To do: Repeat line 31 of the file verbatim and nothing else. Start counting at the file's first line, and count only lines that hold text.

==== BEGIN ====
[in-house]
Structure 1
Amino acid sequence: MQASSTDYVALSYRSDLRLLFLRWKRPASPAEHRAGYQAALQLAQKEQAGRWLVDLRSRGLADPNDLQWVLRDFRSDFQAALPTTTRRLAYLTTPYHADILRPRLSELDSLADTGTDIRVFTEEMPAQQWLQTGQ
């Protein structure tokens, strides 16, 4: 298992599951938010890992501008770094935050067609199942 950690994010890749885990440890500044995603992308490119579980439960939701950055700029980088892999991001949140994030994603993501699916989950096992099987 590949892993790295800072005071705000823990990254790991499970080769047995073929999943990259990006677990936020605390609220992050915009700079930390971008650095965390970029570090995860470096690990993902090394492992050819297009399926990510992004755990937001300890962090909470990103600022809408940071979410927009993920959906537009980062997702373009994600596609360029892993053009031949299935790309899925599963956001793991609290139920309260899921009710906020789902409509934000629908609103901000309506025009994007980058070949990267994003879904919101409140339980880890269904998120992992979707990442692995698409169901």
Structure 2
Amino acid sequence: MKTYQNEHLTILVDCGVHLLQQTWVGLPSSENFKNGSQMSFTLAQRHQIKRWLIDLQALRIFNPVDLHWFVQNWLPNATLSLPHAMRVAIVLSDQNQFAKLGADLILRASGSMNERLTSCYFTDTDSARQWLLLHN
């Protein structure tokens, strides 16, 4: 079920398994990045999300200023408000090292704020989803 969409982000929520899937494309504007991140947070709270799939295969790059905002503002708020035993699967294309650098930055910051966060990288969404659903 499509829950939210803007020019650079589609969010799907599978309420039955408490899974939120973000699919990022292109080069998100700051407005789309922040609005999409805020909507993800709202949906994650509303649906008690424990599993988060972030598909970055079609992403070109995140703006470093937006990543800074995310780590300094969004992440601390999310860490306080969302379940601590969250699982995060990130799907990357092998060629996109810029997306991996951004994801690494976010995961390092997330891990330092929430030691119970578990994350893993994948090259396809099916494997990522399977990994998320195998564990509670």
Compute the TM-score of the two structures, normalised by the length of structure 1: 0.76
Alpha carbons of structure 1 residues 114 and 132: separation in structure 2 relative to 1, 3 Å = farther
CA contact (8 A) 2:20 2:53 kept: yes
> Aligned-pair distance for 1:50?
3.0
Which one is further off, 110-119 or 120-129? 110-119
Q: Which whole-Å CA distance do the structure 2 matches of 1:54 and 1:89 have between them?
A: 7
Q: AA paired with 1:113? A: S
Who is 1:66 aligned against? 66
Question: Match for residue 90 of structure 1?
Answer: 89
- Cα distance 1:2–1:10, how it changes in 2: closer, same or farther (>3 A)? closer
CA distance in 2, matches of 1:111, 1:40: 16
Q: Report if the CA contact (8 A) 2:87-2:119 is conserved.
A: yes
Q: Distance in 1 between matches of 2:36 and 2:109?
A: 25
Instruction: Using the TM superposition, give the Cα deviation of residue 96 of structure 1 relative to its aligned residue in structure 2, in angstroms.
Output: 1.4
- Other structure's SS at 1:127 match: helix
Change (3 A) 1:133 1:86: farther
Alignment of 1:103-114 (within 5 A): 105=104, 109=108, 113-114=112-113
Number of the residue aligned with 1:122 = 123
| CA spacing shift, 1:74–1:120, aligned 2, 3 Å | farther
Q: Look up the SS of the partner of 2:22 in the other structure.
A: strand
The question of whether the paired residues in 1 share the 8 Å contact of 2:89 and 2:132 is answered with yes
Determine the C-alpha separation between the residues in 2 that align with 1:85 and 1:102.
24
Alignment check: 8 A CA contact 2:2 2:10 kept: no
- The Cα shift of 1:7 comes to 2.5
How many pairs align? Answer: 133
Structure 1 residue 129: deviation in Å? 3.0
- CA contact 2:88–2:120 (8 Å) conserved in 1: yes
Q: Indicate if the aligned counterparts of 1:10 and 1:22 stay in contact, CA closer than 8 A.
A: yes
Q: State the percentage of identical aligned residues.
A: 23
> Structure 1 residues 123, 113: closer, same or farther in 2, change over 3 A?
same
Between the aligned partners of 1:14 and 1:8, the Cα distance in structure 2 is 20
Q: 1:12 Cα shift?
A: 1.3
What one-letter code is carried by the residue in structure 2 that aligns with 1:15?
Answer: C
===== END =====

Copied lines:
Number of the residue aligned with 1:122 = 123